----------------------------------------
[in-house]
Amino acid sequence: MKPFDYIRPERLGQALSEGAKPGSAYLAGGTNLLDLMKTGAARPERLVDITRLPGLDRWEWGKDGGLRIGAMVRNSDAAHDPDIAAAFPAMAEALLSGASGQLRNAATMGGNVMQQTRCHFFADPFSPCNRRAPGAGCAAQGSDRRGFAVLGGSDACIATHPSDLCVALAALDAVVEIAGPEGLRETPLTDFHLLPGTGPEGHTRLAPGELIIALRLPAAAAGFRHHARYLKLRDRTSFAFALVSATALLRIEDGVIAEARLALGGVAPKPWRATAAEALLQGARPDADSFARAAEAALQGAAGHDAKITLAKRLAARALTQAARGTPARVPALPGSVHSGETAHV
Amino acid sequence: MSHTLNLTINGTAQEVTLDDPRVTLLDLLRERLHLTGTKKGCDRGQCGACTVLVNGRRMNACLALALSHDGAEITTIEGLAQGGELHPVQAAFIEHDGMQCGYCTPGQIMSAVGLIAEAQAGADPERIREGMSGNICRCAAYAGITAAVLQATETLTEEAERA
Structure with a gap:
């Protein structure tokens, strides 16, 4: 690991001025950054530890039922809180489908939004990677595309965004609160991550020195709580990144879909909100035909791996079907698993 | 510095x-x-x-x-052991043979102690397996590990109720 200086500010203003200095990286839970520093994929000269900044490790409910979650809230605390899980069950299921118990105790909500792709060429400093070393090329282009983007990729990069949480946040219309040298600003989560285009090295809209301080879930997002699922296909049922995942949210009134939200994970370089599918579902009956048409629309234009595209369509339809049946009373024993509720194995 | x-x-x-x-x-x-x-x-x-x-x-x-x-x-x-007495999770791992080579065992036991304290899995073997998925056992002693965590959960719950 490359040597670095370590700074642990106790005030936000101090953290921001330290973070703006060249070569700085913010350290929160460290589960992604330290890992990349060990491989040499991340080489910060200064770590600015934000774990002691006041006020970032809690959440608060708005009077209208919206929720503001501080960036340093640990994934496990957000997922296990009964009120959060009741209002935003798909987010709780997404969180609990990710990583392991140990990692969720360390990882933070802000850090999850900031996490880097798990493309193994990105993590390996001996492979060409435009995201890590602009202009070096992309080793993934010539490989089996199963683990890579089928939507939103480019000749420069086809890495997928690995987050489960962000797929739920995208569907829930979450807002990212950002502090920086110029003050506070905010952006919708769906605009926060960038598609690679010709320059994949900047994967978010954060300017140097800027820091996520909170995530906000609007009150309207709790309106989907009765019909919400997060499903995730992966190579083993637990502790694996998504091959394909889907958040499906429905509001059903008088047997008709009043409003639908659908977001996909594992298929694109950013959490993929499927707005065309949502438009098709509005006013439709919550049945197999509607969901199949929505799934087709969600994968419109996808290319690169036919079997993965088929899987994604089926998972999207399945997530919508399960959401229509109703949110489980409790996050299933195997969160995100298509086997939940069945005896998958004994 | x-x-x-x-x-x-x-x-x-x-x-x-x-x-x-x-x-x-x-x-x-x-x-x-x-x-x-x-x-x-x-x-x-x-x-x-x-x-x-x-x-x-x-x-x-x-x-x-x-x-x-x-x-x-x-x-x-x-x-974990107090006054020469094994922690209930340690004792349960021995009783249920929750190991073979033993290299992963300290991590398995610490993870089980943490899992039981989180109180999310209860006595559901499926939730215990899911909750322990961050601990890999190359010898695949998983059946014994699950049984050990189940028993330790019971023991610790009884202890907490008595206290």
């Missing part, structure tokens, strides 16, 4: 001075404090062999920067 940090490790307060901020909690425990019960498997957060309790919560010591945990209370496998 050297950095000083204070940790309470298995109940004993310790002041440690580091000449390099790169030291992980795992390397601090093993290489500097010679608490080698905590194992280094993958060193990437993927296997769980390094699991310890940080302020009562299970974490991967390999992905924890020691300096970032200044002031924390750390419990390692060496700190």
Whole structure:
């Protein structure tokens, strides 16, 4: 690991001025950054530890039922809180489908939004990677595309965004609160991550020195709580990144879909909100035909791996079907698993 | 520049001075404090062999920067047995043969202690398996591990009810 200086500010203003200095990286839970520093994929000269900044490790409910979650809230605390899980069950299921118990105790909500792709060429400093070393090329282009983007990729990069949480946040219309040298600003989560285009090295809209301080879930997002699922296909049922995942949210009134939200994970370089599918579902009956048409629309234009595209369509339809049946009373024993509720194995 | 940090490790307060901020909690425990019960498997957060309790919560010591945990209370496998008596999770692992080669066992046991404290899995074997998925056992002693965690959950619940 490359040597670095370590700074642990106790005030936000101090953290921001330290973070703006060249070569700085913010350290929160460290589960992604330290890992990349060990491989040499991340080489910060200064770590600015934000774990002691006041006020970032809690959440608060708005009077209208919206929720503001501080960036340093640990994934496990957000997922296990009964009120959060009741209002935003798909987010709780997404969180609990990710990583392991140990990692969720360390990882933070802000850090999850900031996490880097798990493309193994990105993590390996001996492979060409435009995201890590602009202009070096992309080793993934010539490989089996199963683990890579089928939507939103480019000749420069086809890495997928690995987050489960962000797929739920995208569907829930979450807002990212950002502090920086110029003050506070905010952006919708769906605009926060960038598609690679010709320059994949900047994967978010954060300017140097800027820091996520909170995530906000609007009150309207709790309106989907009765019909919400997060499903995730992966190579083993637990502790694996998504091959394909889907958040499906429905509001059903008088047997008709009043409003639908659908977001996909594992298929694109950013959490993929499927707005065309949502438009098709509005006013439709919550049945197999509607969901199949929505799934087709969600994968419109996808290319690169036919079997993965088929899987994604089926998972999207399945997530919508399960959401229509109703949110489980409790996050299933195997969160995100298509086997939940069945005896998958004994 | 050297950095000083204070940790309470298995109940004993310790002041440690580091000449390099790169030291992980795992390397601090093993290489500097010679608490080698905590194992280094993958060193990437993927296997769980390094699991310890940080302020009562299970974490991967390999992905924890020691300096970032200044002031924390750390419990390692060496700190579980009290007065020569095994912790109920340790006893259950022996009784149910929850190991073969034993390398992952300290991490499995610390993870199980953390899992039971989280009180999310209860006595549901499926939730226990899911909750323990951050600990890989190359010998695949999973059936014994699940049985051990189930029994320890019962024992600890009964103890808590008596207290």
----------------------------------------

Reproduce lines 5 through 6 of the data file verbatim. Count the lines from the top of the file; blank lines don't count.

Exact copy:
């Protein structure tokens, strides 16, 4: 690991001025950054530890039922809180489908939004990677595309965004609160991550020195709580990144879909909100035909791996079907698993 | 510095x-x-x-x-052991043979102690397996590990109720 200086500010203003200095990286839970520093994929000269900044490790409910979650809230605390899980069950299921118990105790909500792709060429400093070393090329282009983007990729990069949480946040219309040298600003989560285009090295809209301080879930997002699922296909049922995942949210009134939200994970370089599918579902009956048409629309234009595209369509339809049946009373024993509720194995 | x-x-x-x-x-x-x-x-x-x-x-x-x-x-x-007495999770791992080579065992036991304290899995073997998925056992002693965590959960719950 490359040597670095370590700074642990106790005030936000101090953290921001330290973070703006060249070569700085913010350290929160460290589960992604330290890992990349060990491989040499991340080489910060200064770590600015934000774990002691006041006020970032809690959440608060708005009077209208919206929720503001501080960036340093640990994934496990957000997922296990009964009120959060009741209002935003798909987010709780997404969180609990990710990583392991140990990692969720360390990882933070802000850090999850900031996490880097798990493309193994990105993590390996001996492979060409435009995201890590602009202009070096992309080793993934010539490989089996199963683990890579089928939507939103480019000749420069086809890495997928690995987050489960962000797929739920995208569907829930979450807002990212950002502090920086110029003050506070905010952006919708769906605009926060960038598609690679010709320059994949900047994967978010954060300017140097800027820091996520909170995530906000609007009150309207709790309106989907009765019909919400997060499903995730992966190579083993637990502790694996998504091959394909889907958040499906429905509001059903008088047997008709009043409003639908659908977001996909594992298929694109950013959490993929499927707005065309949502438009098709509005006013439709919550049945197999509607969901199949929505799934087709969600994968419109996808290319690169036919079997993965088929899987994604089926998972999207399945997530919508399960959401229509109703949110489980409790996050299933195997969160995100298509086997939940069945005896998958004994 | x-x-x-x-x-x-x-x-x-x-x-x-x-x-x-x-x-x-x-x-x-x-x-x-x-x-x-x-x-x-x-x-x-x-x-x-x-x-x-x-x-x-x-x-x-x-x-x-x-x-x-x-x-x-x-x-x-x-x-974990107090006054020469094994922690209930340690004792349960021995009783249920929750190991073979033993290299992963300290991590398995610490993870089980943490899992039981989180109180999310209860006595559901499926939730215990899911909750322990961050601990890999190359010898695949998983059946014994699950049984050990189940028993330790019971023991610790009884202890907490008595206290």
């Missing part, structure tokens, strides 16, 4: 001075404090062999920067 940090490790307060901020909690425990019960498997957060309790919560010591945990209370496998 050297950095000083204070940790309470298995109940004993310790002041440690580091000449390099790169030291992980795992390397601090093993290489500097010679608490080698905590194992280094993958060193990437993927296997769980390094699991310890940080302020009562299970974490991967390999992905924890020691300096970032200044002031924390750390419990390692060496700190």